The next generation of information technology will master human language to such an extent that human users will be able to communicate using the technology in their own language. Devices will be able to automatically find the most important news and information from the world’s digital knowledge store in reaction to easy-to-use voice commands. Language-enabled technology will be able to translate automatically or assist interpreters; summarise conversations and documents; and support users in learning scenarios. For example, it will help immigrants – as required by the governments of the Low Countries – to learn the Dutch language and integrate more fully into the country’s culture.

The next generation of information and communication technologies will enable industrial and service robots (currently under development in research laboratories) to faithfully understand what their users want them to do and then ‘proudly’ report on their achievements.

This level of performance means going way beyond simple character sets and lexicons, spell checkers and pronunciation rules. The technology must move on from simplistic approaches and start modeling language in an all-encompassing way, taking syntax as well as semantics into account to understand the drift of questions and generate rich and relevant answers.

However, there is a yawning technological gap between English and other languages, including Dutch, and it is currently getting wider. Commercial companies investigate, develop, sell and use language technology initially for the (American) English language, simply because the most interesting markets are in (American) English speaking countries. The technological forerunners mentioned above will in some cases come only much later for the Dutch language, and in many cases not at all. Partially as result of this, most academic research is also done on the (American) English language. The Dutch language is hardly anywhere in sight in these developments.

International technology competitions tend to show that results for the automatic analysis of English are far better than those for Dutch, even though (or precisely because) the methods of analysis are similar, if not identical. This holds true for extracting information from texts, grammar checking, machine translation and a whole range of other applications.

Many researchers reckon that these setbacks are due to the fact that, for fifty years now, the methods and algorithms of computational linguistics and language technology application research have first and foremost focused on English. In a selection of leading conferences and scientific journals published between 2008 and 2010, the number of publications on language technology for English was an order of magnitude larger than the number of publications on language technology for any European language.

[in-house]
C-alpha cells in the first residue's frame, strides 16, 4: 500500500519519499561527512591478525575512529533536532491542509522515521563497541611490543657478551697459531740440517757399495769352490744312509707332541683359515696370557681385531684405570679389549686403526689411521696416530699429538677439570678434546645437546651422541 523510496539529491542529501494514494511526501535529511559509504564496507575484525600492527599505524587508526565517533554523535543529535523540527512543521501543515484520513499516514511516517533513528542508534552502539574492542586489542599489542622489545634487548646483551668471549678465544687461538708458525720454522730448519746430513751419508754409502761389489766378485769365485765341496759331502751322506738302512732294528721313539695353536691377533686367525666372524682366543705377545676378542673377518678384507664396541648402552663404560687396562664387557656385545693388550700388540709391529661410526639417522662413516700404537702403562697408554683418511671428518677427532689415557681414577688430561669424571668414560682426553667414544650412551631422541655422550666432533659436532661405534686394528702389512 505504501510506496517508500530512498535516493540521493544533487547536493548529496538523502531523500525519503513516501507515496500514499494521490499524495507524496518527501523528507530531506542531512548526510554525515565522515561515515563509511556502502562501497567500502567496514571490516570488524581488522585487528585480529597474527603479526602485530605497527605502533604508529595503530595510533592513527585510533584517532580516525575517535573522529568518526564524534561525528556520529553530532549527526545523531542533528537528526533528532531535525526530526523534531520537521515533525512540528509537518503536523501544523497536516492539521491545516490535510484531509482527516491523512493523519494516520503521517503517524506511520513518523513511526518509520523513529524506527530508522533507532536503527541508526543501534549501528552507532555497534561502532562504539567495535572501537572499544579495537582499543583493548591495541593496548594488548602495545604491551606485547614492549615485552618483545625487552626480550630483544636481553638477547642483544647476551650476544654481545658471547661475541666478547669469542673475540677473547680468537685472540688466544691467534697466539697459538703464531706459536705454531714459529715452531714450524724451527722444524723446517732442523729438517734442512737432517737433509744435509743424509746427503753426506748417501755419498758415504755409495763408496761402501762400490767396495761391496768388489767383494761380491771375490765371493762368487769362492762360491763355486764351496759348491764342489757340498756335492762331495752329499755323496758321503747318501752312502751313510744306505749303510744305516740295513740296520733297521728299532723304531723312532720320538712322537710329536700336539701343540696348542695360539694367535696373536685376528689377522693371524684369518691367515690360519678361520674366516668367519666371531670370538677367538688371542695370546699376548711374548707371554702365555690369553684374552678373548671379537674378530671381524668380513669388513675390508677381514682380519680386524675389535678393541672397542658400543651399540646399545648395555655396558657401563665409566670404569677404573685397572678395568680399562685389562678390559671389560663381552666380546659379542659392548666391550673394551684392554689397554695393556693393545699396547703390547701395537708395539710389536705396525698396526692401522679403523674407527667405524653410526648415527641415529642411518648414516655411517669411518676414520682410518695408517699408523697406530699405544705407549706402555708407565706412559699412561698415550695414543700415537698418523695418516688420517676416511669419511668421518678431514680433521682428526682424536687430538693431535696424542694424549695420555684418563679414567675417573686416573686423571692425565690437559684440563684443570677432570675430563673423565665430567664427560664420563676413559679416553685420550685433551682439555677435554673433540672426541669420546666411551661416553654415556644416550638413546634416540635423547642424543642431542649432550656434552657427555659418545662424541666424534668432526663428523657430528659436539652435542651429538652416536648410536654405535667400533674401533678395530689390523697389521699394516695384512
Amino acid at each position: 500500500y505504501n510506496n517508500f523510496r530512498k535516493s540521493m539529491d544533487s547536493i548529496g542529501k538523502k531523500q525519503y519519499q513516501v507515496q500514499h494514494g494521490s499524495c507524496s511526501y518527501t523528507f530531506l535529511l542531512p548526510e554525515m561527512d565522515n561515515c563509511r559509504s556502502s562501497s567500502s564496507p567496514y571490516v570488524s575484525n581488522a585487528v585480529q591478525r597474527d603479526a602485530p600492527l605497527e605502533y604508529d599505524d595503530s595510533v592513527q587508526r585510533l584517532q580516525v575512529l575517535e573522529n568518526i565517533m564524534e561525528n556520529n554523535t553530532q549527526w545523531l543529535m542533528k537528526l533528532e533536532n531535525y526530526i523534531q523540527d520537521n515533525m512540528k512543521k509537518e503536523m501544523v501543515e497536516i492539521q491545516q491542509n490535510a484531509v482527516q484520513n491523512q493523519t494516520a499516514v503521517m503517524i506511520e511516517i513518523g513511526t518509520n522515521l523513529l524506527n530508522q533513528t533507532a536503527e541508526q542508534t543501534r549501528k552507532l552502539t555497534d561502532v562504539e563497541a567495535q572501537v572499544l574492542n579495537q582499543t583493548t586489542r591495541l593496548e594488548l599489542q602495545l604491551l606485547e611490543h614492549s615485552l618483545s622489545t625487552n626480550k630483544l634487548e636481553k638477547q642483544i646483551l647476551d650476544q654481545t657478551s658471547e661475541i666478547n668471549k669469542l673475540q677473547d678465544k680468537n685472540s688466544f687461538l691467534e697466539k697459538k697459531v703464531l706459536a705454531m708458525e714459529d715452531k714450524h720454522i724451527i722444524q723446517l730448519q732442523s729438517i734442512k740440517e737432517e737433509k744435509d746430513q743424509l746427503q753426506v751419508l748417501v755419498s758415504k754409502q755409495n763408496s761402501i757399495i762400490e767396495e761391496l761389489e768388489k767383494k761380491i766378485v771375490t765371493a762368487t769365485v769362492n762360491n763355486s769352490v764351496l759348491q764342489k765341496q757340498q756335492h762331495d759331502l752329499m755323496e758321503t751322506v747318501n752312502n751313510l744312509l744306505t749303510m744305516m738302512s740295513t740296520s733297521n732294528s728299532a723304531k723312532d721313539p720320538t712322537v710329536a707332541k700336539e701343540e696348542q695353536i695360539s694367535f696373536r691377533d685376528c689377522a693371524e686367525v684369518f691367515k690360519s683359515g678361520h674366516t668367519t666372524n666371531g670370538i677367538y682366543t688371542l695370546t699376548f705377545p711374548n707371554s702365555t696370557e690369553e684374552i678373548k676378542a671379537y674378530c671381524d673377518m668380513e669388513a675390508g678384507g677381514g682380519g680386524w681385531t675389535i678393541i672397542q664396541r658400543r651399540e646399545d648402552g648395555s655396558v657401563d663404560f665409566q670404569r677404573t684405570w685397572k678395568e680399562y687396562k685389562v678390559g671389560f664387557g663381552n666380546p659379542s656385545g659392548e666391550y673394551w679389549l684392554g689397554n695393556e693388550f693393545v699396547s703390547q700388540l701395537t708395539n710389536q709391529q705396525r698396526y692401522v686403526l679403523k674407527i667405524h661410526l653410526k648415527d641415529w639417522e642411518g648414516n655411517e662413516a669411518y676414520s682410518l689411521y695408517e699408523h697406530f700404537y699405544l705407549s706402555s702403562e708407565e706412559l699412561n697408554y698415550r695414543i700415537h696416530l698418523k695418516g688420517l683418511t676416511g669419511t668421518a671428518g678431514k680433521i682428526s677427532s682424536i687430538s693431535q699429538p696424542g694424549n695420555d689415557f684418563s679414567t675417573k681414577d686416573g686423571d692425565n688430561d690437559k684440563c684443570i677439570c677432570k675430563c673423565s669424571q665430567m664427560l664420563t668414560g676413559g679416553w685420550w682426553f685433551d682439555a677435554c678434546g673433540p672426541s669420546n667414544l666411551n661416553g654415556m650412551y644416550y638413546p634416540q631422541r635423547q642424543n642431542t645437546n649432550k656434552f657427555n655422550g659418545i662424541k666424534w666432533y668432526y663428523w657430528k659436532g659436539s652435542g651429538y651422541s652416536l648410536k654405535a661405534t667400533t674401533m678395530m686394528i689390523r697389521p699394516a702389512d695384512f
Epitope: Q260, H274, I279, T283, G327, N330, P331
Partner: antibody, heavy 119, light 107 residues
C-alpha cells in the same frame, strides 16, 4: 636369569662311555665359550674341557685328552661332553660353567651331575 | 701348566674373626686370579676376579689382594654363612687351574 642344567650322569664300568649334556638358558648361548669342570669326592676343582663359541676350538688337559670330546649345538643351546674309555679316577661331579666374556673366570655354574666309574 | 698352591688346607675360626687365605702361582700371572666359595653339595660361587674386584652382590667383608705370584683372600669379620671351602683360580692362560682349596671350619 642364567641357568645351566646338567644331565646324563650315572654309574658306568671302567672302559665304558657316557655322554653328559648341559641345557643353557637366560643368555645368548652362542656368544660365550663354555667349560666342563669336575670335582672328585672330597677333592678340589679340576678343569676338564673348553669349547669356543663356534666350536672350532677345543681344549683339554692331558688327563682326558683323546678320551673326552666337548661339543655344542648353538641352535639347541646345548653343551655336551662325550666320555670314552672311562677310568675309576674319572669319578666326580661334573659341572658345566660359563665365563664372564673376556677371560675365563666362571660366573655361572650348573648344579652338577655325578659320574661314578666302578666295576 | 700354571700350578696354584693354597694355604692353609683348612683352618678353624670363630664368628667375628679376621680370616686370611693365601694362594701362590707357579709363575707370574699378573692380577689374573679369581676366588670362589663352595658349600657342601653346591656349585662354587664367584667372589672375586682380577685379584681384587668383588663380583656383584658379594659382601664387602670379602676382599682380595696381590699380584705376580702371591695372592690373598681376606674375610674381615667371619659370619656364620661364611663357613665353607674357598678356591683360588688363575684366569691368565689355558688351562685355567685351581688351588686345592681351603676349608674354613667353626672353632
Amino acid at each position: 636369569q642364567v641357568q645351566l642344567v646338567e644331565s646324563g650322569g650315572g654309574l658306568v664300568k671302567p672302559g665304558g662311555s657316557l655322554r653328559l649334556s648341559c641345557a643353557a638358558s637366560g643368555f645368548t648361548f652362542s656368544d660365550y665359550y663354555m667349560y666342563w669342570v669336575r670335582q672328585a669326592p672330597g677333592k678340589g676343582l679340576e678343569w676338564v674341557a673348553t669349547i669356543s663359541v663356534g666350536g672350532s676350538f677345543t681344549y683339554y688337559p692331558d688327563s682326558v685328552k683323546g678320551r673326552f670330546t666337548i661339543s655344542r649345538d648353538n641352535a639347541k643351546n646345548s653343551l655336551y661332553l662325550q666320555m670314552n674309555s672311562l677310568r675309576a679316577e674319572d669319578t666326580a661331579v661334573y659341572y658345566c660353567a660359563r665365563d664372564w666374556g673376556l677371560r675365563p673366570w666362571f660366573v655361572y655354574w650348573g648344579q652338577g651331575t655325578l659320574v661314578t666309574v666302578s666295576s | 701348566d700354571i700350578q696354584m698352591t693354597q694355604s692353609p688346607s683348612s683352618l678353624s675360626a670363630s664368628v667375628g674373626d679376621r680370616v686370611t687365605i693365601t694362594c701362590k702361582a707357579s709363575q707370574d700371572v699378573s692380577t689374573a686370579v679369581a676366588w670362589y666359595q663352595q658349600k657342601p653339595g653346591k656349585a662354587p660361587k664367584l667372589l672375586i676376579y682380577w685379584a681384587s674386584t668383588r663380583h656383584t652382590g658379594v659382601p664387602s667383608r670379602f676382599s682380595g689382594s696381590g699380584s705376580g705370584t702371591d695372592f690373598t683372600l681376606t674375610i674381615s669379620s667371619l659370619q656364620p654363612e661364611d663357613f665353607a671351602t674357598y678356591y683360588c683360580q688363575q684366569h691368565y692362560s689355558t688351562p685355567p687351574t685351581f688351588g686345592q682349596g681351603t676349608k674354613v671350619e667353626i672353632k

However, other researchers believe that the currently used methods in natural language processing are more suited to the English language than to, e.g., German or Dutch (because of linguistic properties of these languages). This means that we need a dedicated, consistent, and sustainable research effort if we want to be users of the next generation of information and communication technology in those areas of our private and work life where we live, speak and write Dutch.

Only by dedicated programmes such as the STEVIN programme was it possible to create language resources and basic tools to be able to carry out research on language technology for the Dutch language, and to make it more attractive to companies to develop and offer products and services in the Dutch language. There surely is a very high research potential on this side of the Atlantic. Apart from internationally renowned research centres and universities, there are a number of innovative small and medium-sized language technology companies that manage to survive through sheer creativity and immense efforts, despite the lack of venture capital or sustained public funding.

Summing up, the Dutch language will surely not disappear as a whole, even from the prowess of English language computing. But, with the increasing expansion of the digital information society, it may disappear in selected domains such as policy discussions and decisions, culture, education, administrative procedures, the law and shopping. We can prevent this by ensuring that the Dutch language survives in the digital world. This requires sustainable support for research into and development of language technology for the Dutch language. Through improvements in machine translation, language technology will help in overcoming language barriers, but it will only be able to operate between those languages that have managed to survive in the digital world. If there is adequate language technology available for a language, then it will be able to survive in the digital world even if it has a very small speaker population. If not, the language will come under severe pressure.